Selenium is a portable software-testing framework for web applications. Selenium provides a playback (formerly also recording) tool for authoring tests without the need to learn a test scripting language (Selenium IDE). It also provides C #, Groovy, Java, Perl, PHP, Python, Ruby and Scala. The most modern web browsers. Selenium deploys on Windows, Linux, and macOS platforms. It is open-source software, released under the Apache 2.0 license: web developers can download and use it without charge.
Selenium was originally developed by Jason Huggins in 2004 as an internal tool at ThoughtWorks. Huggins was joined by other programmers and testers at ThoughtWorks, before Paul Hammant joined the team and steered the development of the second mode of operation that would later become “Selenium Remote Control” (RC). The tool was open sourced that year. In 2005 Dan Fabulich and Nelson Sproul (with help from Pat Lightbody) made an offer to accept a series of patches that would transform Selenium-RC into what it became best known for. In the same meeting, the steering of Selenium as a project continues as a committee, with Huggins and Hammer being the ThoughtWorks representatives. In 2007, Huggins joined Google. Together with others like Jennifer Bevan, he continued with the development and stabilization of Selenium RC. At the same time, Simon Stewart at ThoughtWorks developed a superior browser automation tool called WebDriver. In 2009, after a meeting between the developers and the Google Test Automation Conference, it was decided to merge the two projects, and call the new project Selenium WebDriver, or Selenium 2.0. In 2008, Philippe Hanrigou (then “ThoughtWorks”) made “Selenium Grid”, which provides a multiple selection of local or remote systems, thus minimizing test execution time. Open source, a similar capability to the internal / private cloud for Selenium RC. Pat Lightbody had already made a private cloud for “HostedQA” which he went to Gomez, Inc.The name Selenium comes from a joke made by Huggins in an email, mocking a competitor named Mercury, saying that you can cure mercury poisoning by taking selenium supplements. The others that received the email took the name and ran with it.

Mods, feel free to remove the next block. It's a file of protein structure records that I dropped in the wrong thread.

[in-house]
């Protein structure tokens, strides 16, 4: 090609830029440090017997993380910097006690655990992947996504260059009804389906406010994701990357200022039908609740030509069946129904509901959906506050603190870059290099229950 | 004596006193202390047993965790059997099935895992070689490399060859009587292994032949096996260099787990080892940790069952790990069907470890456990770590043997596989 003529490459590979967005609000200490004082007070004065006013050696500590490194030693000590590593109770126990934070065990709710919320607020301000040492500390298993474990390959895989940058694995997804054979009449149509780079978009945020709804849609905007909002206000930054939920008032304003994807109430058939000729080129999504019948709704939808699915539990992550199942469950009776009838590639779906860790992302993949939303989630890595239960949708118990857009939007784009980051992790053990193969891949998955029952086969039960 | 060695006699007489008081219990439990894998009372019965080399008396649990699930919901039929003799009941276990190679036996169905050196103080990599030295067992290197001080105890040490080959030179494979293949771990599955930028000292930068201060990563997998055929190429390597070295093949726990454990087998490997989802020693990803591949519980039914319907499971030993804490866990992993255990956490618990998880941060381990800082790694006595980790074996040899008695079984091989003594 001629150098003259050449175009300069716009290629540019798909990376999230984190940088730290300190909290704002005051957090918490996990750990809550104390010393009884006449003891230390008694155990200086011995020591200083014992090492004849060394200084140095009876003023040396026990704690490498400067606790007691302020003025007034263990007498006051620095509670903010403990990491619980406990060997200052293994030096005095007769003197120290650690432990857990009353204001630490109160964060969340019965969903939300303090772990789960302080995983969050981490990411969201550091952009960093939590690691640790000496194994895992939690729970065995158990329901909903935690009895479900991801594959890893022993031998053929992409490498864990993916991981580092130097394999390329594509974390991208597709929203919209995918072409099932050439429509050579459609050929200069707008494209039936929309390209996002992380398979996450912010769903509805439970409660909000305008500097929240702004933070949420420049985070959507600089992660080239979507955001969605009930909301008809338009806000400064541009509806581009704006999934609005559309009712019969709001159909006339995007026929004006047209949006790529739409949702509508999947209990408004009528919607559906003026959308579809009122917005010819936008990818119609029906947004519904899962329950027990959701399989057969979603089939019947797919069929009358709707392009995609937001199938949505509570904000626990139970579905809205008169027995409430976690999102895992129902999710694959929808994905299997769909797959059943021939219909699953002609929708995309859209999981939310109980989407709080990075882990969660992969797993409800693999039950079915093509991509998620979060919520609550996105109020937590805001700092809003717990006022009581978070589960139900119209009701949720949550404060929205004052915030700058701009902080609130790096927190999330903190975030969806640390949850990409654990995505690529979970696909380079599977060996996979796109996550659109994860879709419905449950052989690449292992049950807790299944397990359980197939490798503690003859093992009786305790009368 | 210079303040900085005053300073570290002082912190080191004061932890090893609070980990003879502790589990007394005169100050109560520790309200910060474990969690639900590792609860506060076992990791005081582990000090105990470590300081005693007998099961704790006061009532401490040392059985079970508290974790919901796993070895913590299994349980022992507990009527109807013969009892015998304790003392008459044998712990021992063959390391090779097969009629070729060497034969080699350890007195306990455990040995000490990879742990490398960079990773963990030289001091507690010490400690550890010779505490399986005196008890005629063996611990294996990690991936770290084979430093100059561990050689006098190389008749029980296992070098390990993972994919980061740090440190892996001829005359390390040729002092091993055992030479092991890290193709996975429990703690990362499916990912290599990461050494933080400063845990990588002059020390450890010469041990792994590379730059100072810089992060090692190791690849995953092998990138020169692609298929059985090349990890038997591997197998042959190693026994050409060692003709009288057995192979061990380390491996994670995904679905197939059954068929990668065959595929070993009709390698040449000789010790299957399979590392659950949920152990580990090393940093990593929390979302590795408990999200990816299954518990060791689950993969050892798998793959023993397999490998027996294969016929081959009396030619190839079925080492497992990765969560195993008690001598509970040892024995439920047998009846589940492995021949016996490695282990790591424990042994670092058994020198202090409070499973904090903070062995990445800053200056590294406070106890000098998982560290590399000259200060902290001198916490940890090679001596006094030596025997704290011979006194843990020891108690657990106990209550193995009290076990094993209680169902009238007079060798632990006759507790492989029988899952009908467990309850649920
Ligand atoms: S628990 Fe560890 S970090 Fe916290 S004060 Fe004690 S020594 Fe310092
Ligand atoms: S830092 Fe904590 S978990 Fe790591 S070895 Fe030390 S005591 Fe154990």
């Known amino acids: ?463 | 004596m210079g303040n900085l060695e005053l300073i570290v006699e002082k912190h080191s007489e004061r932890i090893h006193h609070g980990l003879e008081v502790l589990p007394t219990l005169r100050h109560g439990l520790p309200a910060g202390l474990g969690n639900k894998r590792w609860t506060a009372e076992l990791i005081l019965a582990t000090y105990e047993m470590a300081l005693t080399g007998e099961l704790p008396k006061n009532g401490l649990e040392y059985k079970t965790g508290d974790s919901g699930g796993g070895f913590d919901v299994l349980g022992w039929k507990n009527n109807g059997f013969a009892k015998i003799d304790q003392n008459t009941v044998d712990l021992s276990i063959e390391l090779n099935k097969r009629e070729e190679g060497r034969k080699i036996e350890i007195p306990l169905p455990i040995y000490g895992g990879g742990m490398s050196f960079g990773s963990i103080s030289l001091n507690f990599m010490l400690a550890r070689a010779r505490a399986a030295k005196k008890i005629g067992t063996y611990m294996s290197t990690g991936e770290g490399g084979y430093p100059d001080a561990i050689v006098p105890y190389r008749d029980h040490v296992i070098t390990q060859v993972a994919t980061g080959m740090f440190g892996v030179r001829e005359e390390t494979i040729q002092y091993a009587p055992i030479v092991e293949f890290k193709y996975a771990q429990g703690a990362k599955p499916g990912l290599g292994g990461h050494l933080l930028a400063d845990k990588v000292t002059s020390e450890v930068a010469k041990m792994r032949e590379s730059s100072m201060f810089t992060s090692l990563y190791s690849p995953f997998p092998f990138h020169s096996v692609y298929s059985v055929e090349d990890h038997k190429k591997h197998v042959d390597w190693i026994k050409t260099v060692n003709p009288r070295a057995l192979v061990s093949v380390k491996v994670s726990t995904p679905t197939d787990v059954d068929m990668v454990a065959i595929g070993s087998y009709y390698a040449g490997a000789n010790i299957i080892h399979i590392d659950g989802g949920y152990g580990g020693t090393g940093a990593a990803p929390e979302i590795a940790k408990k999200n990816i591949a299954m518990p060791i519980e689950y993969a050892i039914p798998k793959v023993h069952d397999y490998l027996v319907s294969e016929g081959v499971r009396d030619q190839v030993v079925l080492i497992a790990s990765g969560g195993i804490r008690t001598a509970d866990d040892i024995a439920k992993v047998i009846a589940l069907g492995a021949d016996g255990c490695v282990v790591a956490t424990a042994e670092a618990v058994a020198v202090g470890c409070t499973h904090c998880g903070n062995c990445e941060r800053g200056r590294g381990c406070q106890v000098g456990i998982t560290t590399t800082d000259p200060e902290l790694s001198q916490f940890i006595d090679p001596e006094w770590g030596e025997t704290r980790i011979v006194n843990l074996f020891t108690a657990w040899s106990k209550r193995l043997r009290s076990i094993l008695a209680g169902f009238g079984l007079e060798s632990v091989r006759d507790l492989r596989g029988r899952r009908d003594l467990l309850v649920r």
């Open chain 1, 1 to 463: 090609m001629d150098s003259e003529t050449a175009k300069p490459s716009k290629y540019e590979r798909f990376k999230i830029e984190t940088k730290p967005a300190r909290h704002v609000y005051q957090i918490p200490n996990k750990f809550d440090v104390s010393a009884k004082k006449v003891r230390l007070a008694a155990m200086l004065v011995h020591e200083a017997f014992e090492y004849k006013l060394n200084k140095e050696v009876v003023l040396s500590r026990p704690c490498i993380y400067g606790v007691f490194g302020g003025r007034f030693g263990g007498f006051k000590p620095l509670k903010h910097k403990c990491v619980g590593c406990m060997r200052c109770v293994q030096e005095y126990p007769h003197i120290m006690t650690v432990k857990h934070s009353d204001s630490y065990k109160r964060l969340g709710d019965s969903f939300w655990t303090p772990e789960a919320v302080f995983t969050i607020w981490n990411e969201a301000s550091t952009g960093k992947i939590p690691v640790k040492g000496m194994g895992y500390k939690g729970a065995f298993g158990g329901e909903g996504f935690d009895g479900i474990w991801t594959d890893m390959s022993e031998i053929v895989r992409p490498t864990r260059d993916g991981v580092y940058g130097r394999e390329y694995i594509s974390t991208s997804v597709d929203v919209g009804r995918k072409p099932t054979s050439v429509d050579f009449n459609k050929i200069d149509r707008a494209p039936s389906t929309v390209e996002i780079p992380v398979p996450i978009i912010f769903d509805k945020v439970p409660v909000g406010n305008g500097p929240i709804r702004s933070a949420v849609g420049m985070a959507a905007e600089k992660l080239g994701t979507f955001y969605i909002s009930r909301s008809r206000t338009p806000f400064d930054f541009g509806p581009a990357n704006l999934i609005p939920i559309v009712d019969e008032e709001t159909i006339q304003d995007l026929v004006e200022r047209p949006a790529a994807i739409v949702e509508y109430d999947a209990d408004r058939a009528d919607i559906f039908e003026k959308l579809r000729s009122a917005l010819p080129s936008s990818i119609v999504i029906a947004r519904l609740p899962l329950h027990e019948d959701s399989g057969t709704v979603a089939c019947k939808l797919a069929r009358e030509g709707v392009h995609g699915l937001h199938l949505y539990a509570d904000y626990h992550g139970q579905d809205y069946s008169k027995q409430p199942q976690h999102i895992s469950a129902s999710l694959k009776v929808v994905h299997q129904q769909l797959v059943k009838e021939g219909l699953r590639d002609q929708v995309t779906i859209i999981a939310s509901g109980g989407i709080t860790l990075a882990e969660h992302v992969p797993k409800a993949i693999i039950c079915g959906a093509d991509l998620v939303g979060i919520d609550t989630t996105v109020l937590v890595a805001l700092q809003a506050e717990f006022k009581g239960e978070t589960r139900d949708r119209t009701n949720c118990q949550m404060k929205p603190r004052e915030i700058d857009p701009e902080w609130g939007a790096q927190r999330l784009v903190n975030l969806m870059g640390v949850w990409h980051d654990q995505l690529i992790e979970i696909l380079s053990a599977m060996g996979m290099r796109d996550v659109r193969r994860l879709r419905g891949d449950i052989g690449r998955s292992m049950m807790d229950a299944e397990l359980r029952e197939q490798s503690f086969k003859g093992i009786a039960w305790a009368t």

Selenium is composed of several components with a specific role in the development of web application test automation.
Selenium IDE is a complete integrated development environment (IDE) for Selenium tests. It is implemented as a Firefox Add-On and available on Chrome Store recently, and includes recording, editing, and debugging tests. Selenium Recorder. Selenium-IDE was originally created by Shinya Kasatani and donated to the Selenium project in 2006. It is little-maintained and is compatible with Selenium RC, which was deprecated. Scripts can be automatically recorded and edited. Scripts are recorded in Selenese, a special test scripting language for Selenium. Selenese provides commands for performing actions in a browser (click to link, select an option), and for retrieving data from the resulting pages. The 2. x version of the Selenium IDE for Firefox stopped working after the Firefox 55. Selenium IDE 3.x. But users can run the older Selenium IDE on some older Firefox versions (pre-Firefox 55) or try other alternative solutions
Selenium Grid is a server that runs on remote machines. With Selenium Grid, one server acts as the hub. Tests contact the hub to obtain access to browser instances. The hub has a list of WebDriver nodes, and lets tests use these instances. Selenium Grid allows running tests in parallel on multiple machines, and to manage different browser versions and browser configurations centrally (instead of in each individual test). The ability to run tests on remote browsers is useful for testing the load of multiple machines, and for running tests in browsers running on different platforms or operating systems. The latter is particularly useful in cases where it can not be used for testing.